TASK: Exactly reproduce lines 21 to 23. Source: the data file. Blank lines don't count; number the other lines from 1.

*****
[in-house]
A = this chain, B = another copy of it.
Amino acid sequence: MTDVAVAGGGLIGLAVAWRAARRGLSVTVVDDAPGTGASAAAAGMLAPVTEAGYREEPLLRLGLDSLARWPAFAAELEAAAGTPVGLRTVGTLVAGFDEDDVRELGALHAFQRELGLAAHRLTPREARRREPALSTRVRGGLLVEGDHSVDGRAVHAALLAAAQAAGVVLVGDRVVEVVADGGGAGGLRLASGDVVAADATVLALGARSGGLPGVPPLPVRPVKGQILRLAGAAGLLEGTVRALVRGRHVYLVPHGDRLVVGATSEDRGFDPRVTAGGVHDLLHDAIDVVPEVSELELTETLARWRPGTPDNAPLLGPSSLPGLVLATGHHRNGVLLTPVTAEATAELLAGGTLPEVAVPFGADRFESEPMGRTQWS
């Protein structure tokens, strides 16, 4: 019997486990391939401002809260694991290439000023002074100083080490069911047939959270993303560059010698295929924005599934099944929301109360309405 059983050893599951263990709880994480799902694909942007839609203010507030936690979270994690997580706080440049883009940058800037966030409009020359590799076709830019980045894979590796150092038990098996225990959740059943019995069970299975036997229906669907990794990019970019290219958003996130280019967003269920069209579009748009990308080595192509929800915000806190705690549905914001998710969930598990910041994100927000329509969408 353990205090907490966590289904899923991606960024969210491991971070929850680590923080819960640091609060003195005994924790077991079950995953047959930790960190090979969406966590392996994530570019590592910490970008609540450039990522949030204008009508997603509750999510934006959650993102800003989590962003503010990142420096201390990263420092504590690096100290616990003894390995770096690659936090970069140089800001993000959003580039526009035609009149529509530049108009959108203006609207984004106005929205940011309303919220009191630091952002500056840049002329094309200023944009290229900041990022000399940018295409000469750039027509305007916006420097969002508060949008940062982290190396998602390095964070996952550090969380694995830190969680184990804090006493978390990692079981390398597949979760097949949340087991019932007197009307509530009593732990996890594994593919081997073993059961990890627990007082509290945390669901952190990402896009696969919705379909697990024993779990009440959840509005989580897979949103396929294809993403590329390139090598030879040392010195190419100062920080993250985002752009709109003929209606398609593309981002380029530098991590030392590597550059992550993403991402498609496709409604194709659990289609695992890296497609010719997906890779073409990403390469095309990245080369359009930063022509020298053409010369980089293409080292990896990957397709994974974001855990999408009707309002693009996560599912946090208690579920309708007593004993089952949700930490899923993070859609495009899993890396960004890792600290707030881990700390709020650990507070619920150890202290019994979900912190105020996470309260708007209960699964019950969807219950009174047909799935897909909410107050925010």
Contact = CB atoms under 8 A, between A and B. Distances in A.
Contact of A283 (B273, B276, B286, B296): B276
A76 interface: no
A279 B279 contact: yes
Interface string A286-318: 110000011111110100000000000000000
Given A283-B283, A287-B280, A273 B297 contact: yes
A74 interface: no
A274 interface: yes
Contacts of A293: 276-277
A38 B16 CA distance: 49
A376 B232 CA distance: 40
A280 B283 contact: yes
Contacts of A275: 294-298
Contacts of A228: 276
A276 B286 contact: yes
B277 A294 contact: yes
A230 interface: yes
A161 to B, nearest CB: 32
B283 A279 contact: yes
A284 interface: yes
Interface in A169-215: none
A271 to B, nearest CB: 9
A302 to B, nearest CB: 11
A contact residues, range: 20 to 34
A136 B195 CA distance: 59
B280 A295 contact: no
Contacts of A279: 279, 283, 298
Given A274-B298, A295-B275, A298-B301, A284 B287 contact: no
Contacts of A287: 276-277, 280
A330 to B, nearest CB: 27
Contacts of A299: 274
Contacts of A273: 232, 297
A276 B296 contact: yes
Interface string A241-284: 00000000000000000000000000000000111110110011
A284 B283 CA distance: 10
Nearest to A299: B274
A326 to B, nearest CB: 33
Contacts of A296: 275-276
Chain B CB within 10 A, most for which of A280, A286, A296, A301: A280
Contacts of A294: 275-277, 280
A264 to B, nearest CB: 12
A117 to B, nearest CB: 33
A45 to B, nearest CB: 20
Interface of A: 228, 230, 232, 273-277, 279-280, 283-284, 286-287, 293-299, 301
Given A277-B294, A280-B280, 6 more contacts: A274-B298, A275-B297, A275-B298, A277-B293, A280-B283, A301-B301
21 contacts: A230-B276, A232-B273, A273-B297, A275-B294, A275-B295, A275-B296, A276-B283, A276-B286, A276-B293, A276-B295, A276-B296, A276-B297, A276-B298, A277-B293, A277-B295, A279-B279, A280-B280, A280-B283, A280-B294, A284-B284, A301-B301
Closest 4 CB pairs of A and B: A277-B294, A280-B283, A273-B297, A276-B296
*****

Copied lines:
A230 interface: yes
A161 to B, nearest CB: 32
B283 A279 contact: yes